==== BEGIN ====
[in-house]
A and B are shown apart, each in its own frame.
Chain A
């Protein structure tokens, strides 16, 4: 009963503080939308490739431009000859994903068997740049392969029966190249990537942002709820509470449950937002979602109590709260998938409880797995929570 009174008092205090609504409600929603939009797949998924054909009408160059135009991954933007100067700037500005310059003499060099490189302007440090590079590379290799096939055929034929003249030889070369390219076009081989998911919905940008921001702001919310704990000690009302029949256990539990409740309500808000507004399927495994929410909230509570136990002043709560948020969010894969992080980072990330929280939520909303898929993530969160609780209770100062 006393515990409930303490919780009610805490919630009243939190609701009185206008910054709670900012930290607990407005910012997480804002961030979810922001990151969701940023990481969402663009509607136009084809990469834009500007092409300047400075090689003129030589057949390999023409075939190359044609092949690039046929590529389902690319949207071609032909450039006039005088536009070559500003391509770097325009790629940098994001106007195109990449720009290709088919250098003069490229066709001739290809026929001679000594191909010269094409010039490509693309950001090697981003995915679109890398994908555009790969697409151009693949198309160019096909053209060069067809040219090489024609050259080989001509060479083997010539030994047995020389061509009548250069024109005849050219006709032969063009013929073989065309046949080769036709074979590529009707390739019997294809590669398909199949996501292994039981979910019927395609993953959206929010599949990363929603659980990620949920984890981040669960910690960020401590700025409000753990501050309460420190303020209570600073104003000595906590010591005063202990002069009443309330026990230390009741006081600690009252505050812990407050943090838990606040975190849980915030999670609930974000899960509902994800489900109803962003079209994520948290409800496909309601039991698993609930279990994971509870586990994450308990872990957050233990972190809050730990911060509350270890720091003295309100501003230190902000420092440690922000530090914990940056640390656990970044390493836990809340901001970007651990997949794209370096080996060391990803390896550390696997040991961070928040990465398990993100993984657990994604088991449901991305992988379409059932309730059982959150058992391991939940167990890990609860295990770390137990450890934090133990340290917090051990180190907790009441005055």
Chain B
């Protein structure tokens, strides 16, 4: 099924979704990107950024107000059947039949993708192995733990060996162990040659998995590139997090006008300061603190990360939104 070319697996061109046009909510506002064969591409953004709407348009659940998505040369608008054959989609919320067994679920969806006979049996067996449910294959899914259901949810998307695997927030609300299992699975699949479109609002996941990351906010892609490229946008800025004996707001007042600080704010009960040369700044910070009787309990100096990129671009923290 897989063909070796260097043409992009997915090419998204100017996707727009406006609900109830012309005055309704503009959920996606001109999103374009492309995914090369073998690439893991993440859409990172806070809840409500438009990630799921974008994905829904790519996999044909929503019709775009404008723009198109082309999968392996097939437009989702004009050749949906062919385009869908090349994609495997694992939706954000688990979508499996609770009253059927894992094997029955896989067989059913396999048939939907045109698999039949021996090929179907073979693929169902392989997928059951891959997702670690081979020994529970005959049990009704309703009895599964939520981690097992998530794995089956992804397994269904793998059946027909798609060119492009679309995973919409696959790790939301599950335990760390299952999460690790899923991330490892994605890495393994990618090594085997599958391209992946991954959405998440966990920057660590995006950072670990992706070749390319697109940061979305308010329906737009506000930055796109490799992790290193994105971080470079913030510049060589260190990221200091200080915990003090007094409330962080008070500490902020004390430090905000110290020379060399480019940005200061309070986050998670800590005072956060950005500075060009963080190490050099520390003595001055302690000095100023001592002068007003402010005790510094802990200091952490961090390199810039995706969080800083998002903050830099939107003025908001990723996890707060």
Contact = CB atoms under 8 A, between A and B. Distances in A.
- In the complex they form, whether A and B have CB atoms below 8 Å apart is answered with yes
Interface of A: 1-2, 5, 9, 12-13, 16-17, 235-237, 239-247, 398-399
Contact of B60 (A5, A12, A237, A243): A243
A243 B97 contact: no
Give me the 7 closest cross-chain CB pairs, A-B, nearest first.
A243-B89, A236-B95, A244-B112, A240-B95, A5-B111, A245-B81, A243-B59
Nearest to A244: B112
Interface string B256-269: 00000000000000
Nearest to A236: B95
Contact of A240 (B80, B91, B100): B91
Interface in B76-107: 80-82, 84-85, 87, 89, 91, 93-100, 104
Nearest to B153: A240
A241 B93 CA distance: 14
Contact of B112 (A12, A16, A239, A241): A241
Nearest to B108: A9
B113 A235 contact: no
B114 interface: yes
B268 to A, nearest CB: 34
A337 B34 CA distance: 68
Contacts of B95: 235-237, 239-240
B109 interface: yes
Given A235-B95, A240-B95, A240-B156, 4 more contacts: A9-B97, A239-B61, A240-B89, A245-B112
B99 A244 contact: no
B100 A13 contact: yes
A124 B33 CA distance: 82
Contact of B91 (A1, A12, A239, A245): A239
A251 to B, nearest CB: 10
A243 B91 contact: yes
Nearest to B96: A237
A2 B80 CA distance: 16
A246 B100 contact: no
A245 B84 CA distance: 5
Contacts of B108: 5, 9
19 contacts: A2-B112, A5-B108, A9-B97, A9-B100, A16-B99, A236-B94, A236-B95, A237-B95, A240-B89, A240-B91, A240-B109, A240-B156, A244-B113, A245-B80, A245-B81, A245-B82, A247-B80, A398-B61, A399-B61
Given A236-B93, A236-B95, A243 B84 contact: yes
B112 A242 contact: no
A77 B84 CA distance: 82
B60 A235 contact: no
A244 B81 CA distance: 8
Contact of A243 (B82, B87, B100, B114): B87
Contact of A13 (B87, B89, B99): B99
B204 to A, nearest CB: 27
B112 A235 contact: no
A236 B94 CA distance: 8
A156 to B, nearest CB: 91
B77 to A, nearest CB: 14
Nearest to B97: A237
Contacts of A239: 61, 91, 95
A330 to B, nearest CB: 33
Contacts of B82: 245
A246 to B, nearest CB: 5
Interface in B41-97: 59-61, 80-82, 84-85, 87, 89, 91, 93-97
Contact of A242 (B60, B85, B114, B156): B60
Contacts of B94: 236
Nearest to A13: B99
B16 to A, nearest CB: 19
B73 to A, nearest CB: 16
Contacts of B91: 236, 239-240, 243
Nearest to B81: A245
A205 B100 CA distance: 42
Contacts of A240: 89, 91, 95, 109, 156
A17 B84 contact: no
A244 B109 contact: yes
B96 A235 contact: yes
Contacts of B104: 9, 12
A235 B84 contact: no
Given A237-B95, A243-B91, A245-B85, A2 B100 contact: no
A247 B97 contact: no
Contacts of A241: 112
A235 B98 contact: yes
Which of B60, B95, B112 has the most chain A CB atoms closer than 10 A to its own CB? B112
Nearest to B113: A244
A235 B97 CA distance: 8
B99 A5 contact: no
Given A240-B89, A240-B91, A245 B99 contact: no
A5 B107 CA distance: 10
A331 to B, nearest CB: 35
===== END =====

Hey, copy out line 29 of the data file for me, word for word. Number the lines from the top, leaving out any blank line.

Given A235-B95, A240-B95, A240-B156, 4 more contacts: A9-B97, A239-B61, A240-B89, A245-B112